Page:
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Environment Magazine September/October 2008


January-February 2012

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UNESCO Biosphere Reserves in an Urbanized World

Threats to maintaining biodiversity are many and connected.1,2 Political, economic, and social transformations, such as industrialization, collectivization, trade liberalization, state retreat, and the growing power of supranational institutions and private corporations, plus the shifting geography of populations, lead to drastic land use changes and consequent habitat degradation or destruction. Upon all of these convulsive factors, the long-term effects of climate change are superimposed. Among the most critical transformations that have had profound impacts on land use from local to global scale since the mid-twentieth century is urbanization. In 2007, half of the world's population lived in cities, a proportion expected to increase to nearly 60 percent by 2030.3 Urban growth is most rapid in developing countries, where on average five million people every month move to cities.4 By 2030 it is estimated that more than two billion people will be living in urban slums, with limited access to basic services, limited participation in decision making, and facing extreme vulnerability to natural disasters.5,6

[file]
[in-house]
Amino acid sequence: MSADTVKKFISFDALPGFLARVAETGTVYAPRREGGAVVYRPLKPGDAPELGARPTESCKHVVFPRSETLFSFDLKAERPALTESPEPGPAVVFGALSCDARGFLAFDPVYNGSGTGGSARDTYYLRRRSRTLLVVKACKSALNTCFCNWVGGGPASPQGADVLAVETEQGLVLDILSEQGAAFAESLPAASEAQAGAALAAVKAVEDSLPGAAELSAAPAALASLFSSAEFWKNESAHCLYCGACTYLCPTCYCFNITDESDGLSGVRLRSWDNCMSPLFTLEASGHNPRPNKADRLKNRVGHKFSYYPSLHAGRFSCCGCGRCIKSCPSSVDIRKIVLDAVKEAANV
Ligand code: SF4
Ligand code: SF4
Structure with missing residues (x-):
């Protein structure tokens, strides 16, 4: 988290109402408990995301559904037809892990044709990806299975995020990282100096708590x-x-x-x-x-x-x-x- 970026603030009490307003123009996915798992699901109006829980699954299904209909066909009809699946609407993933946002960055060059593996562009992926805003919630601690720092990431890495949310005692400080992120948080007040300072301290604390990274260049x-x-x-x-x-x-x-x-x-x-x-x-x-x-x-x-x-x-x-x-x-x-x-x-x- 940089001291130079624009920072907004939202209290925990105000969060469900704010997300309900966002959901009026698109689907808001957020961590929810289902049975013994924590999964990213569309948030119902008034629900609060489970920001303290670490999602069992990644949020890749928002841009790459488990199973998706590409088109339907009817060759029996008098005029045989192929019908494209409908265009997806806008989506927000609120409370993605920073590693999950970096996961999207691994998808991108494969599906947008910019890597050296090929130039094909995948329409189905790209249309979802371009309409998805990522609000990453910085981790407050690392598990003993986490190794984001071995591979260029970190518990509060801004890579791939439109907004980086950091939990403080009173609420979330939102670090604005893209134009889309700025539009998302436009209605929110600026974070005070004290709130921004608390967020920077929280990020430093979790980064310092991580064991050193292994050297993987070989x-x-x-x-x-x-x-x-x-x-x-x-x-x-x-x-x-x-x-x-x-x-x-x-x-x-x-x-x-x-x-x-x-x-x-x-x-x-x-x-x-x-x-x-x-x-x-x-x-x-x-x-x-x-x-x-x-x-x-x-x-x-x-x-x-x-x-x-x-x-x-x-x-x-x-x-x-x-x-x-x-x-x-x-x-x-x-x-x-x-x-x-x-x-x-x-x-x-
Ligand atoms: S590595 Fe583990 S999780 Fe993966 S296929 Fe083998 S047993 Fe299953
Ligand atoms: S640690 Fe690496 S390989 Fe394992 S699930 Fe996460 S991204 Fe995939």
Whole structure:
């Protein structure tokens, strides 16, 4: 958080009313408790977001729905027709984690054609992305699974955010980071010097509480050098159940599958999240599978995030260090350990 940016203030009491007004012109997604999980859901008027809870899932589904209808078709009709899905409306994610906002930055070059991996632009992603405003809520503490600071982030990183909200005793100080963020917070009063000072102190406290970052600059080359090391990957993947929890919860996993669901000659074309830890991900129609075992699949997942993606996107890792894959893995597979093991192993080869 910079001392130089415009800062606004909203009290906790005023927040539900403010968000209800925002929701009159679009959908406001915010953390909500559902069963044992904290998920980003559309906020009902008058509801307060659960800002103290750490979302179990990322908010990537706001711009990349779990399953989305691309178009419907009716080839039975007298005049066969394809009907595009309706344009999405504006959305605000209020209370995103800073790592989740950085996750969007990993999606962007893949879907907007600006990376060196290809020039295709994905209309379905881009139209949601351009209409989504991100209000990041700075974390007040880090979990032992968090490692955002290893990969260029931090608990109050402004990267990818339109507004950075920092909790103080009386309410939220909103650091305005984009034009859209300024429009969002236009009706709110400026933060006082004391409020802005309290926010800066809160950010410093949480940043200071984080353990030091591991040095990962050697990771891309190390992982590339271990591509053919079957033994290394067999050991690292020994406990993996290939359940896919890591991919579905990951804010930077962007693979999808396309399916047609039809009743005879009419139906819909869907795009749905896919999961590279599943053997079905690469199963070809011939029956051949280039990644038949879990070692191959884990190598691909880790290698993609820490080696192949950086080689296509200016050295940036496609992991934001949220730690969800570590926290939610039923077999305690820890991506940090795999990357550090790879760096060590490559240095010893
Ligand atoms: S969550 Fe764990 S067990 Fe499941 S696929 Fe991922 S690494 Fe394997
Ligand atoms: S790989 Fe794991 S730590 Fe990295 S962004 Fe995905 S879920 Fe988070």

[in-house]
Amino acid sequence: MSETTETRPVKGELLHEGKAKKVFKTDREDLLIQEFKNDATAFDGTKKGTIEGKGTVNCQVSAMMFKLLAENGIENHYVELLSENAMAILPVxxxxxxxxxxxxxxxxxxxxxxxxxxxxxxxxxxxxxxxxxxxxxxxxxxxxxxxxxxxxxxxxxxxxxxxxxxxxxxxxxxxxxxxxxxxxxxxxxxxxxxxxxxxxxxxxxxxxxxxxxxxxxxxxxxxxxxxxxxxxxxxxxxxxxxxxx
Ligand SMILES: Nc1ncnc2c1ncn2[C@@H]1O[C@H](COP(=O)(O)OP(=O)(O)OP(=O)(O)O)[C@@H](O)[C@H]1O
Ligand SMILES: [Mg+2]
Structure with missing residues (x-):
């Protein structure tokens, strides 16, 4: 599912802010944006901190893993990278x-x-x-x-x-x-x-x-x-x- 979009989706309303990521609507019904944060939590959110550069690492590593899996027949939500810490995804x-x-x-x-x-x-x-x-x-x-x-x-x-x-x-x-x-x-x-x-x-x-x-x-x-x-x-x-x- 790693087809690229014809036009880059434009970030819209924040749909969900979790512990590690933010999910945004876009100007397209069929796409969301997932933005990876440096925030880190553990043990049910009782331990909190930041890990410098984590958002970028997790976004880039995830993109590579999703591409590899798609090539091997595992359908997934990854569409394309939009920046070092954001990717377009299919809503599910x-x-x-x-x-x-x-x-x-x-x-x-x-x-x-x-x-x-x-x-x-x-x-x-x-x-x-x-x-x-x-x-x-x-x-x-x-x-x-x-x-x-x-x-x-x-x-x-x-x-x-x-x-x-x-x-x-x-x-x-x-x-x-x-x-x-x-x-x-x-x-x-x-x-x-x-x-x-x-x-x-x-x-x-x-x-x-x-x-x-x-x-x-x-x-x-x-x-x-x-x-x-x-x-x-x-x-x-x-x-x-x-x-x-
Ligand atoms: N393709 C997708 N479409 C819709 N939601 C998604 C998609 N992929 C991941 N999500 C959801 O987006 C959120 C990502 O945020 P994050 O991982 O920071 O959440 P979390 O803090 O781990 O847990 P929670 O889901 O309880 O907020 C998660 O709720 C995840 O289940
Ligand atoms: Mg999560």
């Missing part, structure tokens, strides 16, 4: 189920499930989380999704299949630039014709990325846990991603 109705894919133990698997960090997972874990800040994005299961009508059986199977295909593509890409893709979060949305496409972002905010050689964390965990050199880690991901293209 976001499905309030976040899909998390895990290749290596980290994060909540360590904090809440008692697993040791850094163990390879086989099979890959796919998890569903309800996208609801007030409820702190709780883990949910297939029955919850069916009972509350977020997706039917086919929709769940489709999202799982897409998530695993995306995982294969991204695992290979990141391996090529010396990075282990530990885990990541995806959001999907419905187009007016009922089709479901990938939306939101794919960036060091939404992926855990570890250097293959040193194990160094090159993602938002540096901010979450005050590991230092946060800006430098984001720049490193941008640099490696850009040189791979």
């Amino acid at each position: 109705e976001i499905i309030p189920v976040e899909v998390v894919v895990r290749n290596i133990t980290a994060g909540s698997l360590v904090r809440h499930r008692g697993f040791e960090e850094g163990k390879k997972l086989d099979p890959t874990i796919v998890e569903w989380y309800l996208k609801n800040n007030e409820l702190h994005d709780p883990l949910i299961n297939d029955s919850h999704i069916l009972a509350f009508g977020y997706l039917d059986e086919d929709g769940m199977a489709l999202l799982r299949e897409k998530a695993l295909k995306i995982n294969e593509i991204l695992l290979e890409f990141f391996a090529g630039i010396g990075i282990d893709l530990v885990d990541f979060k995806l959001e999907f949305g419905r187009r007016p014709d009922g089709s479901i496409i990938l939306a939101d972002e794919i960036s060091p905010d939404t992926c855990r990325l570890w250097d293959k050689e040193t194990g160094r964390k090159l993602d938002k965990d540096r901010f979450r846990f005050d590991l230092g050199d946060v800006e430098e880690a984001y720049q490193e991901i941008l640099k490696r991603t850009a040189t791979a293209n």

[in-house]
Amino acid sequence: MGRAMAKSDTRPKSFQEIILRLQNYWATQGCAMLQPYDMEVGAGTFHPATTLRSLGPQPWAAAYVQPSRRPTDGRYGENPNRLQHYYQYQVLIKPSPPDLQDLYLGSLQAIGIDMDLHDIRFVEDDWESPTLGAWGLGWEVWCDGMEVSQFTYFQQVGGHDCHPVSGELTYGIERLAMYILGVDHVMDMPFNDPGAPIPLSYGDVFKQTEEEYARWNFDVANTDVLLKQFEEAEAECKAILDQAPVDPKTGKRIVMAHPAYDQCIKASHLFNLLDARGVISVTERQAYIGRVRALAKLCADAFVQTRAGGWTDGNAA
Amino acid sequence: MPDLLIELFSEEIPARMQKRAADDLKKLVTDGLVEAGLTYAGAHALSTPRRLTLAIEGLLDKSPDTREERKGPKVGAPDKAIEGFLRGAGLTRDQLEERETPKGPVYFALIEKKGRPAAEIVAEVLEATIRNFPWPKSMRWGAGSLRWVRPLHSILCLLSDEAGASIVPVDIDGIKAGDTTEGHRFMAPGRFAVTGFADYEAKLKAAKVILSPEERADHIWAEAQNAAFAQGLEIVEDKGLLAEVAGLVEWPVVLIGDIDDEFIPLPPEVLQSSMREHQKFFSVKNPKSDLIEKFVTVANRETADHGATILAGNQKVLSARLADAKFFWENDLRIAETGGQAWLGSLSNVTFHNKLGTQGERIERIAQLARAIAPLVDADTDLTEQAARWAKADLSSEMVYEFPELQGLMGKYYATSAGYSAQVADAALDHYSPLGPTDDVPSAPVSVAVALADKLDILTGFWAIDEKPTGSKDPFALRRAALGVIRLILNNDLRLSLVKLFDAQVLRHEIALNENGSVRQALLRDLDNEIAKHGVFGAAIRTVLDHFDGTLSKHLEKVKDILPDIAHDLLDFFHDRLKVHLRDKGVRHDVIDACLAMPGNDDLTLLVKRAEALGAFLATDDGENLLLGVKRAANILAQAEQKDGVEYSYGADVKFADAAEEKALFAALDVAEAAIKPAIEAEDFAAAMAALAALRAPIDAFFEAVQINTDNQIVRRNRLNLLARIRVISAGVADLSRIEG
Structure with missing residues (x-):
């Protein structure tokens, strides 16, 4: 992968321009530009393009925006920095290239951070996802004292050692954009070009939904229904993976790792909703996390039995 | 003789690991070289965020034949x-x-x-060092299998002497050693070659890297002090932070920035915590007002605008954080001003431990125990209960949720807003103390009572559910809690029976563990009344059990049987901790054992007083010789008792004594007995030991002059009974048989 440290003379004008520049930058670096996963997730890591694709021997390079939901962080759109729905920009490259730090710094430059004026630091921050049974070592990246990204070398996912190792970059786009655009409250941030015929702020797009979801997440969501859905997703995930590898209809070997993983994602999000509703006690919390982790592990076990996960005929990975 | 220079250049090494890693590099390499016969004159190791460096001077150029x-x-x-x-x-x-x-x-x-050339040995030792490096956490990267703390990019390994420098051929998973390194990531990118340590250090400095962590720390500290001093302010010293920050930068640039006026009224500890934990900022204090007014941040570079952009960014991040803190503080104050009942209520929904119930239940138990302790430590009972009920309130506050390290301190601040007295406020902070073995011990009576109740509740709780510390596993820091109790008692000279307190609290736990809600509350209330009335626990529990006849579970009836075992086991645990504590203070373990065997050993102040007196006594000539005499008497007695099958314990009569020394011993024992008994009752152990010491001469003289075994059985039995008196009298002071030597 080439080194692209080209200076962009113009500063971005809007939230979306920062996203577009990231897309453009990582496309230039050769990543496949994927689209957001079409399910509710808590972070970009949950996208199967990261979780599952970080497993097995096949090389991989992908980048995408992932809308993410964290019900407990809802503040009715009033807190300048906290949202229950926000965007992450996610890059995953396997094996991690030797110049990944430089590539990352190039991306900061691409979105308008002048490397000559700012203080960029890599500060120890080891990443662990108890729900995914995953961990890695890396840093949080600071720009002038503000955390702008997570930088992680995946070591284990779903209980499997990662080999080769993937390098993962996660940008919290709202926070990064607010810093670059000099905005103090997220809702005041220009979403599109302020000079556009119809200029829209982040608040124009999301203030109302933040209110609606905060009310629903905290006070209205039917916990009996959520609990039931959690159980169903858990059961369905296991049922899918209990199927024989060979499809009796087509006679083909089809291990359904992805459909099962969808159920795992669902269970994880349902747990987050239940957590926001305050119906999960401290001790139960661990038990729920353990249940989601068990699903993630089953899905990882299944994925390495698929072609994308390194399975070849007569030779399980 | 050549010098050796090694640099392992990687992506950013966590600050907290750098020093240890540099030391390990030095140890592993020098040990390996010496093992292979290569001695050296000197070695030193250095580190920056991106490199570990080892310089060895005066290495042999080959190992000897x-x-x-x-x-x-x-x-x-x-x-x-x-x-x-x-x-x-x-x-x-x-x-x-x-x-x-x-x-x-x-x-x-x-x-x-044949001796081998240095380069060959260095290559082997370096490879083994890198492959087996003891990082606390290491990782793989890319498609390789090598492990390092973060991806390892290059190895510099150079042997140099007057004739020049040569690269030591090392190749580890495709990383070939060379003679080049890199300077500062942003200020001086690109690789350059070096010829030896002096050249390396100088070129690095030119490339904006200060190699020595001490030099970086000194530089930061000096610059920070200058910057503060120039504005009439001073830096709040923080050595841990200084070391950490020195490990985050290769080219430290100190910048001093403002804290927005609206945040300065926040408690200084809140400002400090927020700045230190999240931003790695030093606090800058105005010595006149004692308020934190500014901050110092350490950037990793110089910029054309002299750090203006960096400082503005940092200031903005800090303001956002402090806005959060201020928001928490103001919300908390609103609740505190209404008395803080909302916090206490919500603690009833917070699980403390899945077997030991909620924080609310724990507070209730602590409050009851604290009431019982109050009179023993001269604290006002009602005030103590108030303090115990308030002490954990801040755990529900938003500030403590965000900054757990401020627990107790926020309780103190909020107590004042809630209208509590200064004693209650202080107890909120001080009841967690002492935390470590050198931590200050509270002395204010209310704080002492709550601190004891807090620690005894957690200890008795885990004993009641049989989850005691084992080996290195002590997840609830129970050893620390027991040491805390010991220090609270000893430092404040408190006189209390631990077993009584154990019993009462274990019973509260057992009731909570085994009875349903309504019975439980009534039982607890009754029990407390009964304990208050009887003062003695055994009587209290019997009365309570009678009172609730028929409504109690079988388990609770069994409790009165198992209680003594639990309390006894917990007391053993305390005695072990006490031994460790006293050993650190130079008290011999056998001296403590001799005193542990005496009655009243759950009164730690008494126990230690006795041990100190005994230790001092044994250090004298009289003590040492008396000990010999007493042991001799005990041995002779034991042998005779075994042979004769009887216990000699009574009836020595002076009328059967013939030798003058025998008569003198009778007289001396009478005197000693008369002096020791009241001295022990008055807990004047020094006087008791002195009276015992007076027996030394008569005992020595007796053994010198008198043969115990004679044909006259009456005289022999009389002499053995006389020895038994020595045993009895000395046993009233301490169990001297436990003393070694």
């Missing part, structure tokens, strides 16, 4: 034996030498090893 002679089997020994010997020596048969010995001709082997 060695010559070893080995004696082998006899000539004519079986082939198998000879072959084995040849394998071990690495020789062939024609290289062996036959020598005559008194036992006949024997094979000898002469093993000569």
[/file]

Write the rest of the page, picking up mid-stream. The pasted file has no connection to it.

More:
A. Cristina de la Vega-Leinert is a senior researcher and lecturer at the Geography Institute, Ernst-Moritz-Arndt University Greifswald, Germany.

Marcelo Antunes Nolasco is an associate professor at the School of Arts, Sciences and Humanities, University of Sao Paulo, Brazil.

Susanne Stoll-Kleemann is a professor at the Geography Institute, Ernst-Moritz-Arndt University Greifswald, Germany.

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